Monday, December 10, 2012

Why did MI exclude Police and Fire unions from Right to Work?

The Michigan GOP Legislature and Rick Snyder will need to twist into pretzels to explain why Right to Work legislation excludes police and fire fighter unions.   Here are some examples of attempts to do so..

Lansing State Journal: Right-to-work bill exempts police and fire unions
Republican Gov. Rick Snyder said Thursday the exemption is meant to respect the “unique circumstance” police officers and firefighters are in because of the “dangerous nature of their work.
But critics say the exception will create class warfare among public employees and it leaves out other dangerous occupations, particularly corrections officers in the state’s prison system.

Detroit News: GOP defends right-to-work exclusion of cop, fire unions

They also expressed concerns about creating divisions within the paramilitary ranks of first responders who rely on each other in life-and-death situations...
In arguing for a right-to-work law, Snyder and GOP leaders acknowledged it could create divisions in firehouses and police departments if union membership or fees was optional — as will become the case for all other unionized workplaces when Snyder signs the bill.
"These are men and women who must respond and rely on each other in ways no other union must," said Speaker Pro-tem John Walsh, R-Livonia...

..Another reason cited: Republican legislators get fewer complaints about the political activities of police and firefighter union leadership than others who, for instance, represent unions with ties to the Democratic Party.
 "I know a lot of people in both organizations, and they're happy with how their unions treat them. They're not clamoring for choice," said state Rep. Jeff Farrington, R-Utica.

That is some really weak tea there, none of it means anything, it's all just mush.   But even so, when asked why those exclusions don't apply to unions that represent prison guards, the answer is downright laughable.
..Some rank-and-file GOP lawmakers said there are other reasons why police and firefighters are getting a better deal than their union brethren who work in other dangerous jobs in prisons, construction and utilities.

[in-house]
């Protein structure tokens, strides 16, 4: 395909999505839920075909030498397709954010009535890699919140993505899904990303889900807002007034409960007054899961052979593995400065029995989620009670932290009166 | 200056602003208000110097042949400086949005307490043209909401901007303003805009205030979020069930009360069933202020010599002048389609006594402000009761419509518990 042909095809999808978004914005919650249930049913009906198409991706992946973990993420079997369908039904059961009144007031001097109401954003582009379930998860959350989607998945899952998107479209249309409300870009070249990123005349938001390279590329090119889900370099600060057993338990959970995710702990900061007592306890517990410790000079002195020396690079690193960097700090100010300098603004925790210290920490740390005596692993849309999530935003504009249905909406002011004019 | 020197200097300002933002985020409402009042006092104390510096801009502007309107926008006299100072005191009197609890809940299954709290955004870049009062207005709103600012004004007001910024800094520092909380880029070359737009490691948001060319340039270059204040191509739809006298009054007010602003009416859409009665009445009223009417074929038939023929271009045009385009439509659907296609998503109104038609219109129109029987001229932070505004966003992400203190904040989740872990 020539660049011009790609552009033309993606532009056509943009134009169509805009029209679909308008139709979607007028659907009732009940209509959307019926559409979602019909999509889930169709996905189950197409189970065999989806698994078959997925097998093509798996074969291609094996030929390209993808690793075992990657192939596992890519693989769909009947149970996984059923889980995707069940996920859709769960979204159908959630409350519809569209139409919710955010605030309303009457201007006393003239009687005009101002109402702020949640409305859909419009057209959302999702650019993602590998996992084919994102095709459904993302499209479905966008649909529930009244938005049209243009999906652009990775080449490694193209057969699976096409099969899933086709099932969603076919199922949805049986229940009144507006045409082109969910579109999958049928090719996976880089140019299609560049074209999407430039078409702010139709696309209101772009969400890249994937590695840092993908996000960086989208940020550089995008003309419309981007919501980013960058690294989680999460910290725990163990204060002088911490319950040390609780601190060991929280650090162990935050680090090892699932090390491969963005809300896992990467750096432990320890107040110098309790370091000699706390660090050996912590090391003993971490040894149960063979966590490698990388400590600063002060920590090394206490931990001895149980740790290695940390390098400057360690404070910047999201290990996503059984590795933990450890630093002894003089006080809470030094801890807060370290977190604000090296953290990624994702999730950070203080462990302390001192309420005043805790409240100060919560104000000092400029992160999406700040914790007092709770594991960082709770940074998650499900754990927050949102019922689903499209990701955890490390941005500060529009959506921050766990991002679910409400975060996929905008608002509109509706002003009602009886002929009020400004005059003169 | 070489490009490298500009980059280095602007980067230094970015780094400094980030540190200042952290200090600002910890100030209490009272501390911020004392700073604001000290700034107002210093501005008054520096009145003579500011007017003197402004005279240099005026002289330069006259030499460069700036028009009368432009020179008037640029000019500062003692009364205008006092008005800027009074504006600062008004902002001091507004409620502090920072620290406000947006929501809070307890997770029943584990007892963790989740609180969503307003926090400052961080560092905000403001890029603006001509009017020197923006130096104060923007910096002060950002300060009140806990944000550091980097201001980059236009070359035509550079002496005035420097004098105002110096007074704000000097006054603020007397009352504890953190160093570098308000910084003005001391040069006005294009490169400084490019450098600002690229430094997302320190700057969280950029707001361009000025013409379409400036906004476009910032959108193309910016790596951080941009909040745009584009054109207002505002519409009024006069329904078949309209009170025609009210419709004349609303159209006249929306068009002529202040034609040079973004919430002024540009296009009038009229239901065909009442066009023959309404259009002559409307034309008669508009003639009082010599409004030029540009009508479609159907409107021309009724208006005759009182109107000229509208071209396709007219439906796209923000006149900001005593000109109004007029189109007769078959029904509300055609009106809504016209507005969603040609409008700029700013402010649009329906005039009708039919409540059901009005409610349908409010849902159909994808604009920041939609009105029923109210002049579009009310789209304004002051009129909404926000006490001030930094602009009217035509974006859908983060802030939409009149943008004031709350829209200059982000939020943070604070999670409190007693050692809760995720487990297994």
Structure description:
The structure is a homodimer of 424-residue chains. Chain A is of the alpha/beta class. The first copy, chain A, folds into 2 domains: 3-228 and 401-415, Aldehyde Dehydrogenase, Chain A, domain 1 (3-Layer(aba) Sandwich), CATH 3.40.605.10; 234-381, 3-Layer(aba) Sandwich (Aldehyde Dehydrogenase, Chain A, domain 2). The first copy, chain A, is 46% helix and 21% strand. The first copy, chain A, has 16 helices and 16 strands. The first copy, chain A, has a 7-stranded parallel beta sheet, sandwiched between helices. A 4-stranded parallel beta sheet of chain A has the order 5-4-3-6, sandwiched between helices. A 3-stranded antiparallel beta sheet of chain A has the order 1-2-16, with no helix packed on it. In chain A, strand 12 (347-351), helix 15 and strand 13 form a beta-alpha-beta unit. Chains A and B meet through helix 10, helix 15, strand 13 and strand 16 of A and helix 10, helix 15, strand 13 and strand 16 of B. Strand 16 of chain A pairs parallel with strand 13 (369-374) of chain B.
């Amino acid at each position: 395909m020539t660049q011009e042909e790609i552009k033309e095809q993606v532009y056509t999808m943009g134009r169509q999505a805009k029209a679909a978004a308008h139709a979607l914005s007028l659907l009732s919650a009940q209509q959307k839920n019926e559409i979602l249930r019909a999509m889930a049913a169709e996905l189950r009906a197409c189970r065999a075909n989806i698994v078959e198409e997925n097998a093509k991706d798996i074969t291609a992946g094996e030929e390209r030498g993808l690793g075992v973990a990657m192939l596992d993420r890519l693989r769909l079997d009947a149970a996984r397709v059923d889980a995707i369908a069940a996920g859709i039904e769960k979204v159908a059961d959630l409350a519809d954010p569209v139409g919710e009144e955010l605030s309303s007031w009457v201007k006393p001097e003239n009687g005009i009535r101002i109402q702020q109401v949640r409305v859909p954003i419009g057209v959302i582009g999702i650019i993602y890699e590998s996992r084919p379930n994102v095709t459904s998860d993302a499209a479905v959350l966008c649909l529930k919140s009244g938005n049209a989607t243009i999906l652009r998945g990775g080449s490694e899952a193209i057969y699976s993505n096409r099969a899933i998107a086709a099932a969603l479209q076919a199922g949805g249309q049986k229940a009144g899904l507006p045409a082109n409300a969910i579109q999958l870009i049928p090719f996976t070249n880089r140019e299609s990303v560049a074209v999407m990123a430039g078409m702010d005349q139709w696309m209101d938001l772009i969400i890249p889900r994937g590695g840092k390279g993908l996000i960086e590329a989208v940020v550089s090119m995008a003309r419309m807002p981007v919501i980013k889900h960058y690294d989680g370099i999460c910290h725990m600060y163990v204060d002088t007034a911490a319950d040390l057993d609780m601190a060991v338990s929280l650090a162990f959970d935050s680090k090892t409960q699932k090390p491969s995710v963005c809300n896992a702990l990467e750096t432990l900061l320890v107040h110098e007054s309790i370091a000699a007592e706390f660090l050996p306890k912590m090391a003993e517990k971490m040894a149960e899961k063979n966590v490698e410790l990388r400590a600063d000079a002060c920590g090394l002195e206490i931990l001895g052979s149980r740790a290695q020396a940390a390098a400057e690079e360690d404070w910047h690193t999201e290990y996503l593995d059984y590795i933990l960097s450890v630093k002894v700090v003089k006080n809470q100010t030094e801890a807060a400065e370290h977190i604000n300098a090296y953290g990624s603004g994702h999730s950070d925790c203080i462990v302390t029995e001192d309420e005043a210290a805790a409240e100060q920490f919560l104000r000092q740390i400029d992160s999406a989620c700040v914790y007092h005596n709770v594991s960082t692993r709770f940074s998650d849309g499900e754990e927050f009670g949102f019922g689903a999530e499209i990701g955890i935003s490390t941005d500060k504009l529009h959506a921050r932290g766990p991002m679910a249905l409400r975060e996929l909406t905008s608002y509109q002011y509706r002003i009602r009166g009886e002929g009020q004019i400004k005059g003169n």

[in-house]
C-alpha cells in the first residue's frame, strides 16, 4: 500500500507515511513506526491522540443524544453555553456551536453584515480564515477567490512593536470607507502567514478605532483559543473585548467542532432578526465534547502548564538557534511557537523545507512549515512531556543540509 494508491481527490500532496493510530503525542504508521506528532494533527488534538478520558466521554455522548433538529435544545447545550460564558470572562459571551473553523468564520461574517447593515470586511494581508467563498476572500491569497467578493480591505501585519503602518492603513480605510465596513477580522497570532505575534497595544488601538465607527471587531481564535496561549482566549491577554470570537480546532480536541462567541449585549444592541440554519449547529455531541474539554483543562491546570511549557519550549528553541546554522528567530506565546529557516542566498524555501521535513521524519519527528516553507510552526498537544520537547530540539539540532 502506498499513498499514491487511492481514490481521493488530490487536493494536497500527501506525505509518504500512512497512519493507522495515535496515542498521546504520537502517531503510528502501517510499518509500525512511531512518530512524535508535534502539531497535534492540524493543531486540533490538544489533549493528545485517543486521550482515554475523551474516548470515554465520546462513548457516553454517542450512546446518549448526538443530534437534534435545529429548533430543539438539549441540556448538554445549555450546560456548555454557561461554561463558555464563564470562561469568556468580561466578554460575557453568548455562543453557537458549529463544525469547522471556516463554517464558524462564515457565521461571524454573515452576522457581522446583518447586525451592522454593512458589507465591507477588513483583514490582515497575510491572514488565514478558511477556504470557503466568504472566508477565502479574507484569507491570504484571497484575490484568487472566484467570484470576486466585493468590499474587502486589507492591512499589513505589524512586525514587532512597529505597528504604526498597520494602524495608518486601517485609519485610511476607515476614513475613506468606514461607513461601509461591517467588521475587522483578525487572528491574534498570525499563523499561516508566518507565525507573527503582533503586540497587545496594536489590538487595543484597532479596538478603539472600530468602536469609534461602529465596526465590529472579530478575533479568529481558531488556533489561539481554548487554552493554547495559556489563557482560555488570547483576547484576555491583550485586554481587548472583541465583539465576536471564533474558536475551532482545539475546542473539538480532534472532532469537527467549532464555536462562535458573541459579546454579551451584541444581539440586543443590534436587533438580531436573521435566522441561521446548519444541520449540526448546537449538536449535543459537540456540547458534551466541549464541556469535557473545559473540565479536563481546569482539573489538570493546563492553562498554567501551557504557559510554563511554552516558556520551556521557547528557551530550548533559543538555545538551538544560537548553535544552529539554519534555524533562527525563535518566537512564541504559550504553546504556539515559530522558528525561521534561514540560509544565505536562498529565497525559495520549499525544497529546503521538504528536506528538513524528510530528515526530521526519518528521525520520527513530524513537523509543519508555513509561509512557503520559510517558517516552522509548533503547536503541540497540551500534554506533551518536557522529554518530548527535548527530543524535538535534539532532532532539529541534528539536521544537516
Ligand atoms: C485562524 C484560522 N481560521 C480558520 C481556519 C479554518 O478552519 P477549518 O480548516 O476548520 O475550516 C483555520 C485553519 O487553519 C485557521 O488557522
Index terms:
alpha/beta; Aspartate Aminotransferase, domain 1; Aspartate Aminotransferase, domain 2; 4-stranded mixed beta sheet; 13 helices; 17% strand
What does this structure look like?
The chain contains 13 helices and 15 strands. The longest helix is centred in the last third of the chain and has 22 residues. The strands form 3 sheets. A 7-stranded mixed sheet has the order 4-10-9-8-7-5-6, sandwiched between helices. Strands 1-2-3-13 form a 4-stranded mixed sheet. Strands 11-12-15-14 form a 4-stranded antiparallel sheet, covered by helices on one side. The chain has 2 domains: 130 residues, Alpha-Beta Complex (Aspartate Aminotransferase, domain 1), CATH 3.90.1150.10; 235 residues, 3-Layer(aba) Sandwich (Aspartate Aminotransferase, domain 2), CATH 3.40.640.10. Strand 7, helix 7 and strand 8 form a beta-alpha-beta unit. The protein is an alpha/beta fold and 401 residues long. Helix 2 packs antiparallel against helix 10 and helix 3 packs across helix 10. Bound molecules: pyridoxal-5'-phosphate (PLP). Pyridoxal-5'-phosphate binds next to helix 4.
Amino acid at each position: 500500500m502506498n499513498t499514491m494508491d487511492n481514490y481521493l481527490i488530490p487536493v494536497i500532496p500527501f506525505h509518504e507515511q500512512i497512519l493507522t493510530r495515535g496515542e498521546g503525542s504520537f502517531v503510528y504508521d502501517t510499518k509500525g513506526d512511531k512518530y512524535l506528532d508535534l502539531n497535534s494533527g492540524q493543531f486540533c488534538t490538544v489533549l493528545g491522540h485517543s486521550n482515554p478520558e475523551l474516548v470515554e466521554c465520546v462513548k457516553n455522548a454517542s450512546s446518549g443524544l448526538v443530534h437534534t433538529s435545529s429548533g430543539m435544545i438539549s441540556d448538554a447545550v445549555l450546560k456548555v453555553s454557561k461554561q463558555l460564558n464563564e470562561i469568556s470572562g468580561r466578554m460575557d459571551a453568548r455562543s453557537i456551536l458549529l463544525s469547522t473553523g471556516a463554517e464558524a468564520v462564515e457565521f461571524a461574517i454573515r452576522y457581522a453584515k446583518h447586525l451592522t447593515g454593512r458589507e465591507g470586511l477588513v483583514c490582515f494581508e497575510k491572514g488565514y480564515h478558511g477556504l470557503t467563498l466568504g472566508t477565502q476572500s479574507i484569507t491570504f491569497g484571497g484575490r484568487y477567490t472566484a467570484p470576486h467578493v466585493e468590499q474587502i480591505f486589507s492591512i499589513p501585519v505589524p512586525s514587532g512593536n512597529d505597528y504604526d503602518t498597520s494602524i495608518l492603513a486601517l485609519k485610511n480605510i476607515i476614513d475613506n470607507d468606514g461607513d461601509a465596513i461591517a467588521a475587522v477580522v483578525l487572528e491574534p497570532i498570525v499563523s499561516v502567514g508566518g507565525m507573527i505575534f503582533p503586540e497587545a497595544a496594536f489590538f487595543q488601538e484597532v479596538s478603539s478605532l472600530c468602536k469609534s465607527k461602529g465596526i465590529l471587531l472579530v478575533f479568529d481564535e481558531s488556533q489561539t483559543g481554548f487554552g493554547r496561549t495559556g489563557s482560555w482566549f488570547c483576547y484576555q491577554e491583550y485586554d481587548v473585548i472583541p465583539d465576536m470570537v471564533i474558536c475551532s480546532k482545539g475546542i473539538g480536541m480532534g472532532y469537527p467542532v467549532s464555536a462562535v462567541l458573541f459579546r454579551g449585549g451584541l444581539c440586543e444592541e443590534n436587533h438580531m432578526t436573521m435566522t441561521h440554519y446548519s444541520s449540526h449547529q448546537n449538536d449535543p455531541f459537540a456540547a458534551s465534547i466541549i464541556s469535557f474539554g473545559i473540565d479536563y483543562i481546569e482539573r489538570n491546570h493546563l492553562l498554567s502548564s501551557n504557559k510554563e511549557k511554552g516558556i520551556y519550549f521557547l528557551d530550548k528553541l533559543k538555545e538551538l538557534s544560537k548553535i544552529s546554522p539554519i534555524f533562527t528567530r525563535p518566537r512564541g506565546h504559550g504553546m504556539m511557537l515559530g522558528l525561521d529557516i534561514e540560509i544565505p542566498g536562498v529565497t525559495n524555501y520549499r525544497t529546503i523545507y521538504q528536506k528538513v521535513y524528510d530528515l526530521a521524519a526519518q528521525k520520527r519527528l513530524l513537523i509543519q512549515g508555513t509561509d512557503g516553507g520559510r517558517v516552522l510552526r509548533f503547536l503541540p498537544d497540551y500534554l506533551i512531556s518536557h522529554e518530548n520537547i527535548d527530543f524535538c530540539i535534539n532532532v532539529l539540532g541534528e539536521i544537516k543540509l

"They behave more like value-adding trade associations than unions," said state Rep. Mike Shirkey, R-Clarklake, the leading advocate for the drive to make Michigan the 24th right-to-work state...
He can't actually be trying to say that unions representing prison guards behave more like trade associations than unions?  Trade associations are organizations that represent their industry at large, promoting cooperation and standardization between businesses and attracting customers and new business opportunities.  If there is a prison industry trade association it isn't there to represent the rights of the workers.  

Perhaps Shirkey meant to compare them to trade unions and not trade associations?  But, if so, he is essentially saying that prison guards are pretty much just like plumbers with a different toolbox.  Neither explanation is a good one.

Further, are police and fire truly the most dangerous occupations and regardless are they the only ones in which co-workers must rely on each other for safety and protection?  

Perhaps the explanation is that the GOP is exhibiting the soft prejudice of lowered expectations for police and fire fighters.  The message is that all the other unions will work it out and not let divisions between employees affect job performance or safety but the same can't be assumed for police and fire fighters so they need special privileges to keep them from squabbling.  This is stunning hypocrisy from Rick Snyder and his Tea Party legislature.

Here is a chart of workplace related fatalities in Michigan.
Tracking Acute Traumatic Work-Related Deaths in Michigan 

Here is some information about law enforcement fatalities.
Number of police fatalities up in 2011; Michigan saw five die in the line of duty

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